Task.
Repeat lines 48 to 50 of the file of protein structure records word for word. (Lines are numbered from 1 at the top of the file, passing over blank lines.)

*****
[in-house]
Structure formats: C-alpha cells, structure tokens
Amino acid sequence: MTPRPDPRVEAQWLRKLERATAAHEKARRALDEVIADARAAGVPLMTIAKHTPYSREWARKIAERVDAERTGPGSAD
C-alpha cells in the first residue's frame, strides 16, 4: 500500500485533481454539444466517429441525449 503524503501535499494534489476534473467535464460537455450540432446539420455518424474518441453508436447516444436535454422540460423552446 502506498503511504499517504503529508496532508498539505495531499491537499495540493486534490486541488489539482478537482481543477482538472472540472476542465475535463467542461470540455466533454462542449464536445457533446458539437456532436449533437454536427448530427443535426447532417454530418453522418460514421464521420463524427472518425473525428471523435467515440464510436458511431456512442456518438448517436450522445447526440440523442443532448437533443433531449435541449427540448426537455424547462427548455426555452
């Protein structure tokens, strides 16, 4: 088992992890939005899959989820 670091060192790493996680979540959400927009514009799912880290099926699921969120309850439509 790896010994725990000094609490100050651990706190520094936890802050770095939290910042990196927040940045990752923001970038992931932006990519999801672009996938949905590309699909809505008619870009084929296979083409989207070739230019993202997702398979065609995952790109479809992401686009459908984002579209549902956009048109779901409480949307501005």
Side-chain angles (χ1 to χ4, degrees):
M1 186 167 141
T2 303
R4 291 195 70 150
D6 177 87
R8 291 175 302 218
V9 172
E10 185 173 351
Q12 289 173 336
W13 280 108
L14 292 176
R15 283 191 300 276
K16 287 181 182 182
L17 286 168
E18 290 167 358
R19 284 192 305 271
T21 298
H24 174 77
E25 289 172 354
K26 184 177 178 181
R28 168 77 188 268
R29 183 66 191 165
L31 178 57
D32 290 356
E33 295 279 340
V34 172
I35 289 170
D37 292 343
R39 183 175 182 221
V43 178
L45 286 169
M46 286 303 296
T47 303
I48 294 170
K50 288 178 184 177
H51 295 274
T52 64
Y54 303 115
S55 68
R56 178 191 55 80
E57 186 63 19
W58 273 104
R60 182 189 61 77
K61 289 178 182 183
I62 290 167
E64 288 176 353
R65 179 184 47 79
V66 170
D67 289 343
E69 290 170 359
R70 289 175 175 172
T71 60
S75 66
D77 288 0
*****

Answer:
R60 182 189 61 77
K61 289 178 182 183
I62 290 167